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Original Investigation
Jan/Feb 2016

Polydioxanone Absorbable Plate for Cartilaginous Grafting in Endonasal RhinoplastyA Randomized Clinical Trial

Author Affiliations
  • 1DeNova Research, Chicago, Illinois
  • 2Chicago Center for Facial Plastic Surgery, Chicago, Illinois
  • 3Division of Facial Plastic and Reconstructive Surgery, Department of Otolaryngology, University of Illinois Medical Center, Chicago
JAMA Facial Plast Surg. 2016;18(1):47-53. doi:10.1001/jamafacial.2015.1492

Importance  The caudal septal extension (CSE) graft maneuver commonly is used to adjust the nasal tip projection. It can, however, be difficult to stabilize and straighten the CSE graft, especially when the procedure is performed through an endonasal approach. Because the stabilization and correct positioning of the CSE graft are vital for achievement of the desired outcome, new approaches must be found that facilitate the technical ease of this procedure.

Objective  To assess the safety and efficacy of the polydioxanone (PDS) absorbable plate in CSE graft procedures performed via an endonasal approach.

Design, Setting, and Participants  In an open-label, 2-arm parallel trial, 30 patients who requested a surgical nasal correction and required a CSE graft performed via an endonasal approach were randomized into 2 groups of 15 patients each. All patients underwent endonasal rhinoplasty at a single center from February 17, 2011, to December 26, 2013. Depending on their treatment group, patients received a CSE graft with or without a PDS plate. Data were collected and evaluated from November 24, 2010, to January 19, 2015, when final follow-up occurred. Data were analyzed based on an evaluable population.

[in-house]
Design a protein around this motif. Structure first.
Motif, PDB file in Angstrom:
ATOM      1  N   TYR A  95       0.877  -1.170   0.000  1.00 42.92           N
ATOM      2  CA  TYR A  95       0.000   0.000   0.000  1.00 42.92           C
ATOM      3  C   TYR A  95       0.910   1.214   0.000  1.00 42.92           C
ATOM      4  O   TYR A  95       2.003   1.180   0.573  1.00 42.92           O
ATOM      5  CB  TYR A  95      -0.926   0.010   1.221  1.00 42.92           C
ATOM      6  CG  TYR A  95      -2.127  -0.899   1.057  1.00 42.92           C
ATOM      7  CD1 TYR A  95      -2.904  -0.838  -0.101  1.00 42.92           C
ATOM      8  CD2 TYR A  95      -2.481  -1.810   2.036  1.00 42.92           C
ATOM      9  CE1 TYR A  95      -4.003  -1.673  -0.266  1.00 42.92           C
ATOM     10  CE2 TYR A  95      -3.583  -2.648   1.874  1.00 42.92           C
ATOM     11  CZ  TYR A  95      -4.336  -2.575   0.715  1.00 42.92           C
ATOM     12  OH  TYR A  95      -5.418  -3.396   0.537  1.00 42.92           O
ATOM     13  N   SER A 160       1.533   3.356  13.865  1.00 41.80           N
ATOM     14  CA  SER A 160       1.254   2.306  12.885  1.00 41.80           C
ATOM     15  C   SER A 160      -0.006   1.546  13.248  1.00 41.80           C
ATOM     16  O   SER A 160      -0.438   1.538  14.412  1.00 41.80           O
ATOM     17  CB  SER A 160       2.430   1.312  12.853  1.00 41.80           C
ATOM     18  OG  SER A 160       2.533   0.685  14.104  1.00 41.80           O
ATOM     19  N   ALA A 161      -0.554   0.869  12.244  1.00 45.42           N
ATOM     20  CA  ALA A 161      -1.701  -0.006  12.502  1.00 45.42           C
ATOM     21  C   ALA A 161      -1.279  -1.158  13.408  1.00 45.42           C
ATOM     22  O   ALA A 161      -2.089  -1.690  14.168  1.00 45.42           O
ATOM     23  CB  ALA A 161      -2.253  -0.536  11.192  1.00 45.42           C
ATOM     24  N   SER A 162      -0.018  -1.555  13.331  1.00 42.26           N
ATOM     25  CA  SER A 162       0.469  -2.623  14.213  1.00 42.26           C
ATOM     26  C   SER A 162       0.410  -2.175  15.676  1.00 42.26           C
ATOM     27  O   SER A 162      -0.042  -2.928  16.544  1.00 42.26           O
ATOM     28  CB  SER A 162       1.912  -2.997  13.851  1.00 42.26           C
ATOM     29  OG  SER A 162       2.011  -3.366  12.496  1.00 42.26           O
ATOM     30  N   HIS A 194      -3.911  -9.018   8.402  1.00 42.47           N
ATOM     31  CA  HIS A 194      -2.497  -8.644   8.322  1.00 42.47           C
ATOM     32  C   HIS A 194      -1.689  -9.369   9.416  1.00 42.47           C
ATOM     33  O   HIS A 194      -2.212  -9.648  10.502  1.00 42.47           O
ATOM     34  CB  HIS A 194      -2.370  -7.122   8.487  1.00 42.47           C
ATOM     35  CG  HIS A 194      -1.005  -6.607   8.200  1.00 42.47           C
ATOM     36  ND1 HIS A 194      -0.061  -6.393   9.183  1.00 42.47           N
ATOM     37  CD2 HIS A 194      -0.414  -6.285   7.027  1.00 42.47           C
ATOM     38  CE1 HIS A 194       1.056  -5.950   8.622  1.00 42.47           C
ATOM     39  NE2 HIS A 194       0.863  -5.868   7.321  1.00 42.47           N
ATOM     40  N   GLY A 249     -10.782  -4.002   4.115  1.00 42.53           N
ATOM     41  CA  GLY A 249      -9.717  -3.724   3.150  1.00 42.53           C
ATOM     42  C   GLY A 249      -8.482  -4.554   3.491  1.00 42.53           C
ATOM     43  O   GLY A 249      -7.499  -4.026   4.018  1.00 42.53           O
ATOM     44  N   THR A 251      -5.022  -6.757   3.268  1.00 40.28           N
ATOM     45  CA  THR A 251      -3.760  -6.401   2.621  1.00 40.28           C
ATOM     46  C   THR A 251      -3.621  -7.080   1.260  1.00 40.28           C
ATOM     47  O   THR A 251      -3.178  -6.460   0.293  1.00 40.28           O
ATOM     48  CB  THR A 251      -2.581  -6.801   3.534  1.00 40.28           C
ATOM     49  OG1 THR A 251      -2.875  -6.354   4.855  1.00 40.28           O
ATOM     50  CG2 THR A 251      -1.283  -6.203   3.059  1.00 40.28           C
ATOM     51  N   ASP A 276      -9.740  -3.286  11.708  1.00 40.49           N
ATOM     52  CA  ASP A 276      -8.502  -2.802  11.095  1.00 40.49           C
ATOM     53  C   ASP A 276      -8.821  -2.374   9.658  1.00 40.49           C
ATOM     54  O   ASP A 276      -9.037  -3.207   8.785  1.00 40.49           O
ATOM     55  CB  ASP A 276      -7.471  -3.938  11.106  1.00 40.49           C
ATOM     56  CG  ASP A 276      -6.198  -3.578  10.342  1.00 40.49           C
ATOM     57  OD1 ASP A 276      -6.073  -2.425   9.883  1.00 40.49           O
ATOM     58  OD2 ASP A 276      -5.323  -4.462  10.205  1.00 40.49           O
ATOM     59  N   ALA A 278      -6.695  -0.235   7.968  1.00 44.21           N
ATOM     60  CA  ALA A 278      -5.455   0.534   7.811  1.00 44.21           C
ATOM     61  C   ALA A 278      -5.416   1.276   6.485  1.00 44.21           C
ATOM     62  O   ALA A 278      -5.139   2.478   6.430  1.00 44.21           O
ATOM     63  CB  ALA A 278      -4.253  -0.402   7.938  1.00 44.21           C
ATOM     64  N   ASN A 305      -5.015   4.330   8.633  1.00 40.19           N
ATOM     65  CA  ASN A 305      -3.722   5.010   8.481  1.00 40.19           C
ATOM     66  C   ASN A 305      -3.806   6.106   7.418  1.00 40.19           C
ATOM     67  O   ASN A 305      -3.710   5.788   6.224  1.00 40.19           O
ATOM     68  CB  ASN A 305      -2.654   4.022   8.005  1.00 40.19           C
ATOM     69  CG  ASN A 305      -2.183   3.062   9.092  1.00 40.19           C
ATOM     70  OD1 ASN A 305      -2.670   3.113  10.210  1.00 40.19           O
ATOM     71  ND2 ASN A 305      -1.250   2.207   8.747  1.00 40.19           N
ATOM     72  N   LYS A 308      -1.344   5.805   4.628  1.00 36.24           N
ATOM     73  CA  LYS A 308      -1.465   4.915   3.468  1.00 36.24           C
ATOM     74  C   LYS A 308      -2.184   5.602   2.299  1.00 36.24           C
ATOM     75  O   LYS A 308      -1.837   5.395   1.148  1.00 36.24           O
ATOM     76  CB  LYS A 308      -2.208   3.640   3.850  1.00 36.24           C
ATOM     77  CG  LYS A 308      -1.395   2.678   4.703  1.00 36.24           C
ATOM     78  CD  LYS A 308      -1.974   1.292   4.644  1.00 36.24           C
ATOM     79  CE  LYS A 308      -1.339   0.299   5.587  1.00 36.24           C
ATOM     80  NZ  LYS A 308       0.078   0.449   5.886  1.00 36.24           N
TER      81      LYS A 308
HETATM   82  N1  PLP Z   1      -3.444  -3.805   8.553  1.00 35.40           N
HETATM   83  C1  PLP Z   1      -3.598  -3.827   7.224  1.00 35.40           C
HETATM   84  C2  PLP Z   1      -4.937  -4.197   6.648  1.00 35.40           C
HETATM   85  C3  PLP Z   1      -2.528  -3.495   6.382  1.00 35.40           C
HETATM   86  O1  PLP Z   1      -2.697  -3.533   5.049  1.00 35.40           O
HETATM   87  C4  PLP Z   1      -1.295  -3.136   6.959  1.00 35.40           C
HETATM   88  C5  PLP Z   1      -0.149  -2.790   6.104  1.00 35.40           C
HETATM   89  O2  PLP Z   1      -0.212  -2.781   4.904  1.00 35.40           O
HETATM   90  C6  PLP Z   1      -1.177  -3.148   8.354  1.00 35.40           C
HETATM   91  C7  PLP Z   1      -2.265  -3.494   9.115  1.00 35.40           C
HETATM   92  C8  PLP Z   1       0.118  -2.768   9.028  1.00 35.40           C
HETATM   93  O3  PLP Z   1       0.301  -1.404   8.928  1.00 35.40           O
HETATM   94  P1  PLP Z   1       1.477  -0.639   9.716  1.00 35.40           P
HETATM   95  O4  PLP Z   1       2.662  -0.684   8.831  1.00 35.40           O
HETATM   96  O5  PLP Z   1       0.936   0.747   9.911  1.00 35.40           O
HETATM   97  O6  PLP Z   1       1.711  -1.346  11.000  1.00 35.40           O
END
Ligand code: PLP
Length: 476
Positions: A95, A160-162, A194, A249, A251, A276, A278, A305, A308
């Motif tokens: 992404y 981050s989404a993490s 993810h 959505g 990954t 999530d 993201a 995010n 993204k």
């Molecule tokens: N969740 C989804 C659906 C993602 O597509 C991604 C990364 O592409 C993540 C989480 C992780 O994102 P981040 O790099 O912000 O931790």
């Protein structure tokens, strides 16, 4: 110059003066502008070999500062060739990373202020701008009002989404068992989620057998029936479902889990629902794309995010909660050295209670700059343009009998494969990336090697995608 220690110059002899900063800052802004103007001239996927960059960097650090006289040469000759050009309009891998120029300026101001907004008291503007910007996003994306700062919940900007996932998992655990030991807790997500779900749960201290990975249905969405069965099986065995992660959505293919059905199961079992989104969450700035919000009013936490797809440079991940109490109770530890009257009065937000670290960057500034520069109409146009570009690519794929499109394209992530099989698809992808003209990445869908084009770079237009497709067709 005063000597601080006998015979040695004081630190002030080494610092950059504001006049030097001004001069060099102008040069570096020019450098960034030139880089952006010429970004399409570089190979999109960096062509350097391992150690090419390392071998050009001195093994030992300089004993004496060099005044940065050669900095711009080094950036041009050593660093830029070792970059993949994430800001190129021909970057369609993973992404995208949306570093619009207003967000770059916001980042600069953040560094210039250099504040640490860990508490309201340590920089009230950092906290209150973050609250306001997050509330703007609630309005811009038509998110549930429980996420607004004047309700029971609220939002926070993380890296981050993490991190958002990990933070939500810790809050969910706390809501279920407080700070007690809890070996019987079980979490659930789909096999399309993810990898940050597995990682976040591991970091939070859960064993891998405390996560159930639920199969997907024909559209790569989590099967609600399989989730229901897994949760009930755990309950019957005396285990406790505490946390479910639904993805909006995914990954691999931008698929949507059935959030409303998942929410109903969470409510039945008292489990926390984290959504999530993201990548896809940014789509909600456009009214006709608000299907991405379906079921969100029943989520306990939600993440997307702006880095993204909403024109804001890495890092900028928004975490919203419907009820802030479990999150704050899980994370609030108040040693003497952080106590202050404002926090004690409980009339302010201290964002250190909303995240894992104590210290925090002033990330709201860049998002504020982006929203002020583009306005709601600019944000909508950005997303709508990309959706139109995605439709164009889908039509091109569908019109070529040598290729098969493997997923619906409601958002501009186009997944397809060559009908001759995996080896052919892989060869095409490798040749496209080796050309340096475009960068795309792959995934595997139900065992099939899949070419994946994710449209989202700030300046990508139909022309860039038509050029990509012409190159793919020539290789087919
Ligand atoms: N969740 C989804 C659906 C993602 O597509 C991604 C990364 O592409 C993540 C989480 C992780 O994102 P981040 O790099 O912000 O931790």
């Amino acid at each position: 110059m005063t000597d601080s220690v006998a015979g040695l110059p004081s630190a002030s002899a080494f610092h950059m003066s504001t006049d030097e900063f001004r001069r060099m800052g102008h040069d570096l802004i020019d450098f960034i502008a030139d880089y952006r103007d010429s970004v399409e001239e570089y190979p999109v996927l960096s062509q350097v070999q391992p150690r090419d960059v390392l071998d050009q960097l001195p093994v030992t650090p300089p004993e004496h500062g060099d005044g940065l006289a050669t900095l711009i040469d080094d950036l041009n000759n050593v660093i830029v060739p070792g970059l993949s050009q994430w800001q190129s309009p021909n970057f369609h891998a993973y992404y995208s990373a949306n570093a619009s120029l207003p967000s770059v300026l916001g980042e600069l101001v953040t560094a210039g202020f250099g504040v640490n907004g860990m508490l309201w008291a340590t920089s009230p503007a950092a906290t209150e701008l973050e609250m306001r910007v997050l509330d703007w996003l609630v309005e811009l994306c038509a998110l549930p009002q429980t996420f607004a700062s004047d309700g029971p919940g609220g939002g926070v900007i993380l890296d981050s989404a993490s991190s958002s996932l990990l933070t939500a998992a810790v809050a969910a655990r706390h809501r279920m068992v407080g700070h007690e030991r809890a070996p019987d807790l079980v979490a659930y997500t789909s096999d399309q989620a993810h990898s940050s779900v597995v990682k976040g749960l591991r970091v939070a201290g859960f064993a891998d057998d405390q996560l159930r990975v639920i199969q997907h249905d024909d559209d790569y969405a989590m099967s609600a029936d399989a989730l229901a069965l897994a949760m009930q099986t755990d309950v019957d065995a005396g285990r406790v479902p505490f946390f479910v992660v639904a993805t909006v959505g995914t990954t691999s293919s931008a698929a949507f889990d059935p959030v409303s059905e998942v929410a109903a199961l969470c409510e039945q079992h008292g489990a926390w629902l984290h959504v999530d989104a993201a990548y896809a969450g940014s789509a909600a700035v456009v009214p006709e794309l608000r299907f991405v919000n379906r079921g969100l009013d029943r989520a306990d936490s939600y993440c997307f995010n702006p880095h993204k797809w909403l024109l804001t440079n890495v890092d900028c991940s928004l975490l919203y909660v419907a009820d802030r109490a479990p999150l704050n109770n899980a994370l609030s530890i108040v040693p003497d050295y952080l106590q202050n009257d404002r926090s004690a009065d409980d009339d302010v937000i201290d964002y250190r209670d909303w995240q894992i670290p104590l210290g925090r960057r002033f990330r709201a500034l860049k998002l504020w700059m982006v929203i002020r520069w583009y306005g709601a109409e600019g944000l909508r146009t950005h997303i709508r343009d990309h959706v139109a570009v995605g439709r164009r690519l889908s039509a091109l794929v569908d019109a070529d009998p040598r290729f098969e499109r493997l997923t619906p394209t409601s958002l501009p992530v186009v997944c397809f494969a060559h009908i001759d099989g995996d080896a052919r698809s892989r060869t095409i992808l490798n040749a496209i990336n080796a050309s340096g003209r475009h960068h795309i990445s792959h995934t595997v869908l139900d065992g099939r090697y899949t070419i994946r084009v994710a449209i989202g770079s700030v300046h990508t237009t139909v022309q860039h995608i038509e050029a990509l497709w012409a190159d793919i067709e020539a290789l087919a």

Interventions  Endonasal rhinoplasty with or without the use of a PDS plate.

Main Outcomes and Measures  Technical difficulty assessed using a visual analog scale (range, 0-100; higher scores indicate increased difficulty of use), surgeon and blinded evaluator satisfaction with the graft assessed using a 4-point categorical scale (1 indicates highly satisfied; 4, unsatisfied), change in nasal tip projection, and complications at 30, 60, 180, and 365 days after surgery.

Results  Twenty-seven patients (13 in the PDS group and 14 in the non-PDS group) completed their 6-month postoperative visit, and 19 patients (10 in the PDS group and 9 in the non-PDS group) completed the entire study (12 months). The mean (SD; range) surgeon-assessed visual analog scale score for ease of use was 46 (13; 25-64) mm for the 15 patients in the non-PDS treatment group and 17 (10; 7-48) mm for the 15 patients in the PDS group (P < .001). The surgeon’s satisfaction with the graft did not differ significantly between the PDS and the non-PDS groups (P = .34), and the nontreating blinded evaluator’s assessment of standardized photographs taken at the time of the graft placement and at postoperative days 30, 60, 180, and 365 did not establish any significant differences between the 2 groups (P > .99). Postoperative change in the nasal tip projection at 365 postoperative days compared with 30 postoperative days was significantly lower in the PDS group compared with the non-PDS group (−0.31% vs −6.5%; P = .04), thus increasing the long-term stability of the graft in the PDS group. A single incident of infection was observed in each group along with no episodes of rejection or extrusion.

Conclusions and Relevance  In this study, use of a PDS plate in CSE graft procedures was associated with less technical difficulty than CSE graft procedures without use of a PDS plate and with reduced long-term variations in the nasal tip projection after the graft placement.

Level of Evidence  1.

Trial Registration  clinicaltrials.gov Identifier: NCT01225250